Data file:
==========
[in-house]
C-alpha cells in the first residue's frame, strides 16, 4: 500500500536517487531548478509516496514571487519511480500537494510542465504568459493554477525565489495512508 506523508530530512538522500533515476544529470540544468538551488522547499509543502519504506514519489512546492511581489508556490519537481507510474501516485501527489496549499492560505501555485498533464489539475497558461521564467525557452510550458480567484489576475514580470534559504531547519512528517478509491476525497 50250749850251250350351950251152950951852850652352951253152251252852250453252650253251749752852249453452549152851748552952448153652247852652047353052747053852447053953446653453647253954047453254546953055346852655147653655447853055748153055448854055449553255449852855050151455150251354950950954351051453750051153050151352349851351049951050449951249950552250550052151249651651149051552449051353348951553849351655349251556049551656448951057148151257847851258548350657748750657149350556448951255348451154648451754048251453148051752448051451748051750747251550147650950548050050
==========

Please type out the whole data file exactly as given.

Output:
[in-house]
C-alpha cells in the first residue's frame, strides 16, 4: 500500500536517487531548478509516496514571487519511480500537494510542465504568459493554477525565489495512508 506523508530530512538522500533515476544529470540544468538551488522547499509543502519504506514519489512546492511581489508556490519537481507510474501516485501527489496549499492560505501555485498533464489539475497558461521564467525557452510550458480567484489576475514580470534559504531547519512528517478509491476525497 50250749850251250350351950251152950951852850652352951253152251252852250453252650253251749752852249453452549152851748552952448153652247852652047353052747053852447053953446653453647253954047453254546953055346852655147653655447853055748153055448854055449553255449852855050151455150251354950950954351051453750051153050151352349851351049951050449951249950552250550052151249651651149051552449051353348951553849351655349251556049551656448951057148151257847851258548350657748750657149350556448951255348451154648451754048251453148051752448051451748051750747251550147650950548050050